As mentioned in my last post, Coravin allows you to extract wine from a bottle without removing the cork. A hollow needle is inserted into and through the cork. Argon, an inert gas, is then pumped into the bottle through the needle to pressurize it, allowing wine to be drawn out through the same needle. Argon then displaces the space left by the wine. The wine in the bottle maintains minimum contact with air, preventing oxidation. The cork then reseals from the needle hole naturally.
|Coravin Model Two Plus Pack|
So here is my first try at using my brand new Coravin Model Two. I am super excited to extract some wine from my bottle of 2012 Joseph Drouhin Gevrey-Chambertin 1er Cru Les Cazetiers. The drinking window for this wine is from 2019 to 2040, and I plan to taste it every year or so. (It probably won't last through 2040.)
A note about the instruction manual...
The multi-lingual "Getting Started" instruction manual that came with my Model Two was generally inadequate. It would have been better if it just pointed to the Coravin website, which it didn't. The Coravin website contains a robust set of instructions, both static and video. So if you are using the Coravin for the first time, just go to the website.
Step 1 - Familiarize yourself with the Coravin system
Compared to a regular wine opener, the Coravin system does have more components to consider. It is of course not a wine opener after all. Still the numerous components can be overwhelming at first glance. Take a look at the Coravin Model Two picture (see below) to get the lay of the land of all the components.
|Coravin Model Two Components|
Start with the needle (4). There should be a yellow needle cover at the sharp point of the needle to protect it from damage during shipping. Remove the cover.
Unscrew the capsule cup (8) from the system, insert the argon capsule (7), and screw the cup back.
Press and release the trigger (1) quickly to test the argon release. You should hear a hissing sound.
When using the Coravin, it should be positioned the same way you see in the picture above. The handle (2) is at the top, and the capsule cup (8) is at the bottom.
While it may be optional, I would remove the foil from the bottle so that I can see the cork. It is important that the bottle has a natural cork. Synthetic corks do not reseal after a hole is punctured through them.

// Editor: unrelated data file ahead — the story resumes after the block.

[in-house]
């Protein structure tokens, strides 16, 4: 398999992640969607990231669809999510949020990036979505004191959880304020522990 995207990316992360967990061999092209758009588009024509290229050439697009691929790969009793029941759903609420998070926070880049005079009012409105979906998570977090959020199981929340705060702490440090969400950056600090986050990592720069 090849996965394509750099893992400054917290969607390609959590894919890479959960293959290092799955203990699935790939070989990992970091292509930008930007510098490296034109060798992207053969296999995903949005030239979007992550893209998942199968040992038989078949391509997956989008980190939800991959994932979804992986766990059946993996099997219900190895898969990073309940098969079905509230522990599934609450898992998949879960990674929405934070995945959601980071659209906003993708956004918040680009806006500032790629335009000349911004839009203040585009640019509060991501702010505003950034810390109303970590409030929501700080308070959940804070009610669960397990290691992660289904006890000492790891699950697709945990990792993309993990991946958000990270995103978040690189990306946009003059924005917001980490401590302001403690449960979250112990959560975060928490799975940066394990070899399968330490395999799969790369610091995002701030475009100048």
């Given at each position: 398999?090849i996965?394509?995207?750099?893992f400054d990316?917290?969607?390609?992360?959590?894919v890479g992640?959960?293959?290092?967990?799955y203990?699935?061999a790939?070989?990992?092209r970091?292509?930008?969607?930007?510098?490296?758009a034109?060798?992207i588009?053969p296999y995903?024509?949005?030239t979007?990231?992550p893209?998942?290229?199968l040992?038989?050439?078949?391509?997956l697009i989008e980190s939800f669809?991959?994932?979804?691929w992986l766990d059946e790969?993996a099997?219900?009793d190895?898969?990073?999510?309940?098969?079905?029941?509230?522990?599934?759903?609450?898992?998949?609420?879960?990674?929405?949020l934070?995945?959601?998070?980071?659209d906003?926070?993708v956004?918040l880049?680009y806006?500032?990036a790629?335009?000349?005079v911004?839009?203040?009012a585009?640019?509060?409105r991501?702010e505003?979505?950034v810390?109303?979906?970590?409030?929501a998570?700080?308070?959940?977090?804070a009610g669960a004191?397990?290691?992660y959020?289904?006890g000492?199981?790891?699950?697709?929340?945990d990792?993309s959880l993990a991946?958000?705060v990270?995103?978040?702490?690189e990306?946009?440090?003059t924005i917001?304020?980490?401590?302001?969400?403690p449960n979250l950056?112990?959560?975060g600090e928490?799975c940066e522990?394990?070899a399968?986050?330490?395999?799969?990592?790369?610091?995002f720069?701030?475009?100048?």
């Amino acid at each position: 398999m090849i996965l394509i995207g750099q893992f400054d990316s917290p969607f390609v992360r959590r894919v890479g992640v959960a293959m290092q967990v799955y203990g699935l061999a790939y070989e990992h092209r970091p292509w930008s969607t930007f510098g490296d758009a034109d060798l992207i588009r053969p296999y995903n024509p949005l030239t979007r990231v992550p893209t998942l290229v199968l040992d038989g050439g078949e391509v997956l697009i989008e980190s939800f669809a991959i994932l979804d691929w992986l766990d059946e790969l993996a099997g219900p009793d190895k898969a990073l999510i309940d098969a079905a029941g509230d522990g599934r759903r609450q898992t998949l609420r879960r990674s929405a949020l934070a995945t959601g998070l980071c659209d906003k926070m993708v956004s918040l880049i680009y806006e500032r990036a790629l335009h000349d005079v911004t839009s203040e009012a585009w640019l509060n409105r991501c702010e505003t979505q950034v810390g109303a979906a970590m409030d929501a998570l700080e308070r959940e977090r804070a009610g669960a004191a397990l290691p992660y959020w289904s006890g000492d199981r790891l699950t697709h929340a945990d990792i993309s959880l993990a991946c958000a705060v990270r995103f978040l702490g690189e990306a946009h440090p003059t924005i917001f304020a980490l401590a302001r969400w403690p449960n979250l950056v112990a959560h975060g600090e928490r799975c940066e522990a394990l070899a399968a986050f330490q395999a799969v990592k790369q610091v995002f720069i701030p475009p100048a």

|Clamping and positioning the bottle|
The instruction manual didn't indicate any of that so I didn't use the sleeve. Thankfully, I did not have any bottle issue. I suspect that Coravin has since figured out how to better manage the pressure increase.
Step 3 - Clamp the bottle and position the needle
While holding the Coravin upright by the handle (2), squeeze the clamp (6) to open it and release to close it. It works very much like a clothes peg or a hair claw. Use the clamp to secure the neck of a bottle.
Release and tighten the clamp as you adjust the position of the bottle till the needle guide (5) rests somewhat in the middle of the cork. This is to ensure that the needle goes through the cork safely without hitting the bottle.
Step 4 - Insert the needle and extract the wine
Once you are comfortable with the position of the needle guide (5), push the handle (2) all the way down firmly but gently. That pushes the needle straight down through the cork.
|Pouring the wine|
Quickly press and release the trigger (1) to release the pressurized argon into the bottle. Your wine should be streaming out of the pour spout (3) into the glass. Repeat this action till you get the desired amount of wine. If needed, hold the bottle upright to stop the flow of the wine.
Step 5 - Remove the needle and detach the Coravin
Once you are satisfied with the amount of wine in the glass, place the bottle upright with the Coravin still clamped to it. Holding onto the bottle with one hand, lift the handle (2) firmly straight up with the other hand to extract the needle completely from the cork.
Squeeze the clamp (6) to release the bottle from the Coravin. You may see a drop of wine from the needle hole in the cork. This is completely normal. Give the cork time to reseal and then wipe it dry. It took me a few minutes.
|Drop of wine surfaces on the punctured cork|
|Cork has resealed, and there is no leakage|
I put a little post-it note on the bottle with the date I extracted the wine. Then I lay the bottle sideways in the cellar. Here's the geeky part - I started a spreadsheet and put down the tasting notes of the wine with the date that it was tasted. I look forward to trying the wine again in a year or two and compare notes.
|Coravin Tasting Notes|